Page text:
Was Prehistoric Baghdad Battery A Unique Find Of The Ancients? – Did Its Manufacturers Discover Electricity By Accident?
A. Sutherland - AncientPages.com - An ancient Jewish manuscript entitled "The Queen of Sheba and Her Only Son Menyelek" translated by Sir E. A. Wallis Budge, contains the following statement:
"Now the House of Solomon the King was illuminated as by day, for in his wisdom he had made shining pearls which were like unto the sun, the moon and the stars in the roof of his house..."
Apparently, electricity in one form or another was present on Earth through the centuries and its existence was mentioned in many ancient records.
A small, undecorated artifact with rather plain appearance is believed by some scientists to be an example of a prehistoric, electrical power source. It's the so-called Baghdad Battery, also known as the Parthian Battery.
The artifact - thought to be a 2,000-year-old electric battery - was found in 1936 by railroad workers in the area of Tel Khujut Rabu, south of Baghdad.
Most sources date the batteries to around 200 BC, but the first known electric battery - the Voltaic pile - was not invented by Italian physicist Alessandro Volta until 1799.
Two year later, German archaeologist Wilhelm König, a German archaeologist employed by the State Museum in Baghdad, Iraq came upon a storage box containing a number of two-thousand-year-old clay pots, which had been excavated in the area of Tel Khujut Rabu, a village southeast of Baghdad.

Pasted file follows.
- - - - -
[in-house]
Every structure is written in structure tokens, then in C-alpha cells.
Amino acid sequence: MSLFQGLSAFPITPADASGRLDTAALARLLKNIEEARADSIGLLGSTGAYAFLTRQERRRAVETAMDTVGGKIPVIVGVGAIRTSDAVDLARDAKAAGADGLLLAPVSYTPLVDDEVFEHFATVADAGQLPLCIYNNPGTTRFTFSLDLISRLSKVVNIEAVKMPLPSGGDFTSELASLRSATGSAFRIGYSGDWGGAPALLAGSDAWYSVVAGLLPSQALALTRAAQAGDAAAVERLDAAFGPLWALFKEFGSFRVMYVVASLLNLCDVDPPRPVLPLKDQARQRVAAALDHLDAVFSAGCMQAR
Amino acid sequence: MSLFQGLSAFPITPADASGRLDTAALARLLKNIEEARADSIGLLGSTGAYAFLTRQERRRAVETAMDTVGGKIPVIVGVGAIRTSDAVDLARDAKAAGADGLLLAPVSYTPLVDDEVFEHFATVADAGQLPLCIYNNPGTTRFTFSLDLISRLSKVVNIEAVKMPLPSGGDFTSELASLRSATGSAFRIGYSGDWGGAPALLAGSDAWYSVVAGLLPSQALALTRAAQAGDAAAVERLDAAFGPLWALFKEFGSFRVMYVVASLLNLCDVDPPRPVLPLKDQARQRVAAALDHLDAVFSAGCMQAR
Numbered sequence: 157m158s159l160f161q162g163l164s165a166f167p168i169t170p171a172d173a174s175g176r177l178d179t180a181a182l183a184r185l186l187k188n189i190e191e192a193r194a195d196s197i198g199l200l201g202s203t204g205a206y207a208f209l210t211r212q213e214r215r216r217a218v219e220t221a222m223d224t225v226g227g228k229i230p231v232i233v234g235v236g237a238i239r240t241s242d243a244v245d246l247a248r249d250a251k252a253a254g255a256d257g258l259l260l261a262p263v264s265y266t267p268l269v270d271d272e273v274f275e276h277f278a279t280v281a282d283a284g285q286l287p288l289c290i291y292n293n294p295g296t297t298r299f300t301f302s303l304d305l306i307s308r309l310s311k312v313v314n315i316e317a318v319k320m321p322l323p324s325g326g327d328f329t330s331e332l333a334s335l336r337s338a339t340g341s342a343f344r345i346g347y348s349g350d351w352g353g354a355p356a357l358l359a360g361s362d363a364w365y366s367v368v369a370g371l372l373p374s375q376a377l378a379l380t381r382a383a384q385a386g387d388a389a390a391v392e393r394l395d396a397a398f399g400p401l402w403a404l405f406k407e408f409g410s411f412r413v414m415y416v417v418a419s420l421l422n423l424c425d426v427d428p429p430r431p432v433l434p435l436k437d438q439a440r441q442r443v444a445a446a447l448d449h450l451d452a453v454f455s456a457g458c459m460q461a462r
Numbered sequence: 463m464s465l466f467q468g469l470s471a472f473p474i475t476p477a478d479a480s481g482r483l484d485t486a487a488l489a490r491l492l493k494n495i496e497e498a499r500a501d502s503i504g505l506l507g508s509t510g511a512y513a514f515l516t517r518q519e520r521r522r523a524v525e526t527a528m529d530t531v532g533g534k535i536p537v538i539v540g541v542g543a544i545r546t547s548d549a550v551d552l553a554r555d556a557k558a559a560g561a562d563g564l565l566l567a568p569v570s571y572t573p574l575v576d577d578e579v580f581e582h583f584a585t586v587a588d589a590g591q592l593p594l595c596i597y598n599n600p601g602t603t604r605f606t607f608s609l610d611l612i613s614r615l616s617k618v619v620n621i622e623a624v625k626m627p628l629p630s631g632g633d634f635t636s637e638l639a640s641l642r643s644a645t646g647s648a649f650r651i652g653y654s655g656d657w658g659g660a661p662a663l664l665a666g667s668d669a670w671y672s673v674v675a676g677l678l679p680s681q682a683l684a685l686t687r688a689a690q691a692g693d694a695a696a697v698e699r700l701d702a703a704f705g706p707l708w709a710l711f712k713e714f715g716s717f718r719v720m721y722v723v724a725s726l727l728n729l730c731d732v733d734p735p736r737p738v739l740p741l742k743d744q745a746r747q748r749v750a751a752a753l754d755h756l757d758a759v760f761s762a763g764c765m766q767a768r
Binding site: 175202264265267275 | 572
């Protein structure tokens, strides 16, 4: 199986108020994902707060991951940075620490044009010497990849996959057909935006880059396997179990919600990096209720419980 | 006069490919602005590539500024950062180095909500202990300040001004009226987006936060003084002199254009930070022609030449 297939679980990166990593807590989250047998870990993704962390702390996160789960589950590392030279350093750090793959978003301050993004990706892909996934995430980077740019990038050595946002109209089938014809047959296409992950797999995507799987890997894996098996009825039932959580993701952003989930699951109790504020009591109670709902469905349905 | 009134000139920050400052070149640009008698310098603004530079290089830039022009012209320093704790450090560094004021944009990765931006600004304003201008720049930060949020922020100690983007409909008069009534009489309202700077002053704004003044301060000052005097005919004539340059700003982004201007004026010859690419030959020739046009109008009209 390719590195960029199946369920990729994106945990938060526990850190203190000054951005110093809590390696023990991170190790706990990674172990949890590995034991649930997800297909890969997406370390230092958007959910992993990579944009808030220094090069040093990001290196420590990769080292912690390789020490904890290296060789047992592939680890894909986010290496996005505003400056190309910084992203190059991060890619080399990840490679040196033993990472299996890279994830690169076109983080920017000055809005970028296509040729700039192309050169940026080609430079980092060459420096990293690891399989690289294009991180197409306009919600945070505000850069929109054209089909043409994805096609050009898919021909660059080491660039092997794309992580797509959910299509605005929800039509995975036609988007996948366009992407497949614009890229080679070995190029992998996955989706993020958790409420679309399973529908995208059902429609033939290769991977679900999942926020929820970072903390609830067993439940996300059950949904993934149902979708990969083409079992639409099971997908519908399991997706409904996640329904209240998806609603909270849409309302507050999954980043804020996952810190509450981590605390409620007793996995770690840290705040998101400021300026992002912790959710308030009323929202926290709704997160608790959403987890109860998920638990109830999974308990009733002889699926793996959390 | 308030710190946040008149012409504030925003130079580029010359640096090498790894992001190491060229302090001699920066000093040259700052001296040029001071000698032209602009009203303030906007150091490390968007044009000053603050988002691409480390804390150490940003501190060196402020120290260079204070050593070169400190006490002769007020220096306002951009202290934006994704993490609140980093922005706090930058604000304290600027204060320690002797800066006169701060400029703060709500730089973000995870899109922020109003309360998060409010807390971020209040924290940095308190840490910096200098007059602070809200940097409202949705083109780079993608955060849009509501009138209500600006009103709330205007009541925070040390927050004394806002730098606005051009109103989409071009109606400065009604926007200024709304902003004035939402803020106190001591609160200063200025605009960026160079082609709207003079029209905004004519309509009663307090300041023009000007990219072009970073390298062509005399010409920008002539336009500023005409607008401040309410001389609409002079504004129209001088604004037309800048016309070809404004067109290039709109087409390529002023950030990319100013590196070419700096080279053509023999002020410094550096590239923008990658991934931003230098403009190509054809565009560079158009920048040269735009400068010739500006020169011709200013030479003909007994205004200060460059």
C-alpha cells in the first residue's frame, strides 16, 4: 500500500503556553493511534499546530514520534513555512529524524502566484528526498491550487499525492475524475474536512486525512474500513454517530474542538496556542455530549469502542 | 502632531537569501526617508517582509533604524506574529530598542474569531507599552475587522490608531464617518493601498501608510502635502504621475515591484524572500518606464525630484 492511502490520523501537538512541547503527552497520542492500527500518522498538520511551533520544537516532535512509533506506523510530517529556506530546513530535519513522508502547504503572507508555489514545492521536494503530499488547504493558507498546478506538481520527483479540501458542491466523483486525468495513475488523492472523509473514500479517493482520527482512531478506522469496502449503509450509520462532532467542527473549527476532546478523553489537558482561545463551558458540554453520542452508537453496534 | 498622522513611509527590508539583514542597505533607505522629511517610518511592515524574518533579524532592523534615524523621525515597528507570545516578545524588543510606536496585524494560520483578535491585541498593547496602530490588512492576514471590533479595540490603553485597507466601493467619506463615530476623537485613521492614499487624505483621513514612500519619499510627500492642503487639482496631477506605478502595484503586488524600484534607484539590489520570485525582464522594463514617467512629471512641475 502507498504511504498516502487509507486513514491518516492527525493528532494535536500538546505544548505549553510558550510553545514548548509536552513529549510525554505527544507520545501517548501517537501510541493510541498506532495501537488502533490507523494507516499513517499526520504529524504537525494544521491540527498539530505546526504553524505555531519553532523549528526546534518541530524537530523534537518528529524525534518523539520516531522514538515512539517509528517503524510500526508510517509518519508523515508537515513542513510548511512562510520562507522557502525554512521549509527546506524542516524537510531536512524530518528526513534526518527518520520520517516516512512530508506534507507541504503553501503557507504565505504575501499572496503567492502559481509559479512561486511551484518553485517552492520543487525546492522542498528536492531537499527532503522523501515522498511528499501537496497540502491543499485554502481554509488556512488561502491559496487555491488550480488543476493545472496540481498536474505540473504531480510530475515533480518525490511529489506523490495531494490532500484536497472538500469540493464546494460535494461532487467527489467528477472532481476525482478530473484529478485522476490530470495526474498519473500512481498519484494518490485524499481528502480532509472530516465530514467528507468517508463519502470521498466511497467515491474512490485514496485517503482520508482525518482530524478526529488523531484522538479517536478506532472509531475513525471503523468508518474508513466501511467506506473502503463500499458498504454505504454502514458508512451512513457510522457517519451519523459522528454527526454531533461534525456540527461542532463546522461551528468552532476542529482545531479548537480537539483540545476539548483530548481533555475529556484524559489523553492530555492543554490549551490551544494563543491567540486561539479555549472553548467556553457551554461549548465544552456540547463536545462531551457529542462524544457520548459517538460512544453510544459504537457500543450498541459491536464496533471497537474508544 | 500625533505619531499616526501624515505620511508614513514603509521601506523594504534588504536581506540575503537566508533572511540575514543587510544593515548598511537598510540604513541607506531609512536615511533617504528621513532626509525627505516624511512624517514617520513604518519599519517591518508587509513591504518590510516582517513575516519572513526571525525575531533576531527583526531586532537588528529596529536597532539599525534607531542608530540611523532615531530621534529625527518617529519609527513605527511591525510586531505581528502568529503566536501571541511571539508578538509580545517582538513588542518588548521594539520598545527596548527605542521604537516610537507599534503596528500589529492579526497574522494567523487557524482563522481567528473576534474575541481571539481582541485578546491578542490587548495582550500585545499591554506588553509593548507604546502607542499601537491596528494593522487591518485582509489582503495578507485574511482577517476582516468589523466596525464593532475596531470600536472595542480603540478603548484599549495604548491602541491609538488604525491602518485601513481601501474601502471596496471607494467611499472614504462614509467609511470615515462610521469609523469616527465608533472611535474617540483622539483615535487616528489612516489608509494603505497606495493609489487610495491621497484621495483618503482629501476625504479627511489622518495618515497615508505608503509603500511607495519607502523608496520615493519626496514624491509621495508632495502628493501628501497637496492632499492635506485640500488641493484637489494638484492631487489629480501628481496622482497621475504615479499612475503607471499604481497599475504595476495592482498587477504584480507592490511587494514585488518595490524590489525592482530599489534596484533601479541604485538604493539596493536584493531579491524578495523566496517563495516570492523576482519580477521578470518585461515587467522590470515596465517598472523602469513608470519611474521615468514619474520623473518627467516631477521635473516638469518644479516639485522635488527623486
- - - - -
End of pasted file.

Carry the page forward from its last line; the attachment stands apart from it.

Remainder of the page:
Each of the pots was 6 inches high and contained a cylinder of sheet copper 5 inches high and 1.5 inches in diameter. The edges of the cylinders seemed to have been soldered with an alloy, §comparable to the solder in use today.
The bottoms of these mysterious cylinders were capped with copper discs and sealed with bitumen or asphalt. Another insulating layer of bitumen sealed the tops of the pots and held in place iron rods suspended into the center of the copper cylinders.
The rods showed a strong evidence of having been corroded by an acid solution that evaporated long ago.
König interpreted the artifact that looked very much like a present-day dry cell, as an clear indication that early cultures knew about electricity.
More such electric cells were found. Four of them containing copper cylinders were unearthed in a magician's hut near Tel Omar (Seleucia-on-Tigris). Found with these pots were thin iron and copper rods that may have been used to connect the cells into a series - in order to produce a stronger voltage.
Additionally ten other cells, broken down into component parts, were also unearthed at Ktesiphon (Ctesiphon), near Baghdad.
Was it some kind of mass-production of much stronger current? Was the manufacturer interrupted before assembling the all pieces into functioning batteries?
The ancient batteries found in the Baghdad Museum's basement and elsewhere in Iraq date back to the Parthian period of Persian occupation (circa 250 BC to AD 650).
The Parthians were known as skilled warriors rather but definitely not regarded for their scientific achievements.
Where did they acquire the knowledge to assemble the object and how did it work? It would appear then that they inherited these batteries from one of the earliest known civilizations.